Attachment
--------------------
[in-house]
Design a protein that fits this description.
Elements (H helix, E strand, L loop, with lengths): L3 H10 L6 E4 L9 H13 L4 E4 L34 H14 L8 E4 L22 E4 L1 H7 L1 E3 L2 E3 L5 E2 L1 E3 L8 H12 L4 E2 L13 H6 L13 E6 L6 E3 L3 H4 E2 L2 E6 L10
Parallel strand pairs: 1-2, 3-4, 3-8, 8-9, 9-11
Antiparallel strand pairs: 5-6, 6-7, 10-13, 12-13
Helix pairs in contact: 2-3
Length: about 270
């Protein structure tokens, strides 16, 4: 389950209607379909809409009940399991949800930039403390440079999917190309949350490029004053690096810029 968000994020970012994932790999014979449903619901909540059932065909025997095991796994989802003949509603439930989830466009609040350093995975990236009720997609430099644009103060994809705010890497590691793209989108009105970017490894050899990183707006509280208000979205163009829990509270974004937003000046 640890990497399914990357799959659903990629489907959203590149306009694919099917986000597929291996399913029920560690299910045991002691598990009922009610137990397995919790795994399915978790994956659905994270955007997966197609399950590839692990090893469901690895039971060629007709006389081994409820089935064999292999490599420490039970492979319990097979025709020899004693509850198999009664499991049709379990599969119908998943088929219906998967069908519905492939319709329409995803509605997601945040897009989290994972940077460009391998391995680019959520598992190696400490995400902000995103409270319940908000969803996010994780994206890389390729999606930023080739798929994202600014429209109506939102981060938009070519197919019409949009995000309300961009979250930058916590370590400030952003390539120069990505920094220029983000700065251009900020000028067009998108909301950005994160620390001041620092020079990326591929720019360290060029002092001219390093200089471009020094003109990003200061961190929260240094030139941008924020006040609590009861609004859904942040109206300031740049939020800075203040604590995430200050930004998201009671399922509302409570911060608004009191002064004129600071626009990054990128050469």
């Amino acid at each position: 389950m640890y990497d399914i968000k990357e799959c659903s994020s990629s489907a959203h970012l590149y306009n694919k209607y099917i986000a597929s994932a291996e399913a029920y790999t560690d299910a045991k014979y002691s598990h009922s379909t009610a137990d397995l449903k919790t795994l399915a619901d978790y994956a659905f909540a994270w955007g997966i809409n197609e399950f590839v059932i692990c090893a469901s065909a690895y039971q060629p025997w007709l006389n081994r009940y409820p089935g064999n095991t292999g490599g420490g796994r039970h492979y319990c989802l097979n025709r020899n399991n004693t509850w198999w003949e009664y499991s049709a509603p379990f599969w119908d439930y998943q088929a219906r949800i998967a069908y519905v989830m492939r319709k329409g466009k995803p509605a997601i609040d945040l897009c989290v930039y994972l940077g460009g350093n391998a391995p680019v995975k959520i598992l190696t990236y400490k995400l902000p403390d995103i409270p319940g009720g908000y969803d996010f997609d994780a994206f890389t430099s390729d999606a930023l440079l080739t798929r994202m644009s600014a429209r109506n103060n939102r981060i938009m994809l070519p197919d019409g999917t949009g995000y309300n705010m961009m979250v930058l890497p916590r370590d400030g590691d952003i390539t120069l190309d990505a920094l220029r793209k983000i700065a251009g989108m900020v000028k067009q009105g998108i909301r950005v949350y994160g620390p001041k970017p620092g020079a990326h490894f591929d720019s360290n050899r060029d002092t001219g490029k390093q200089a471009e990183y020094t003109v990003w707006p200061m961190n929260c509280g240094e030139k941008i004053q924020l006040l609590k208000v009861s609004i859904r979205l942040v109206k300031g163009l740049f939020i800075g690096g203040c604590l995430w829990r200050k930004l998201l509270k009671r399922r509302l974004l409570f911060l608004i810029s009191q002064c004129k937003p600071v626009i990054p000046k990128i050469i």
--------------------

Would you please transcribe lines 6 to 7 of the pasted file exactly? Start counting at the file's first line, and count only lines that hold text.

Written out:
Helix pairs in contact: 2-3
Length: about 270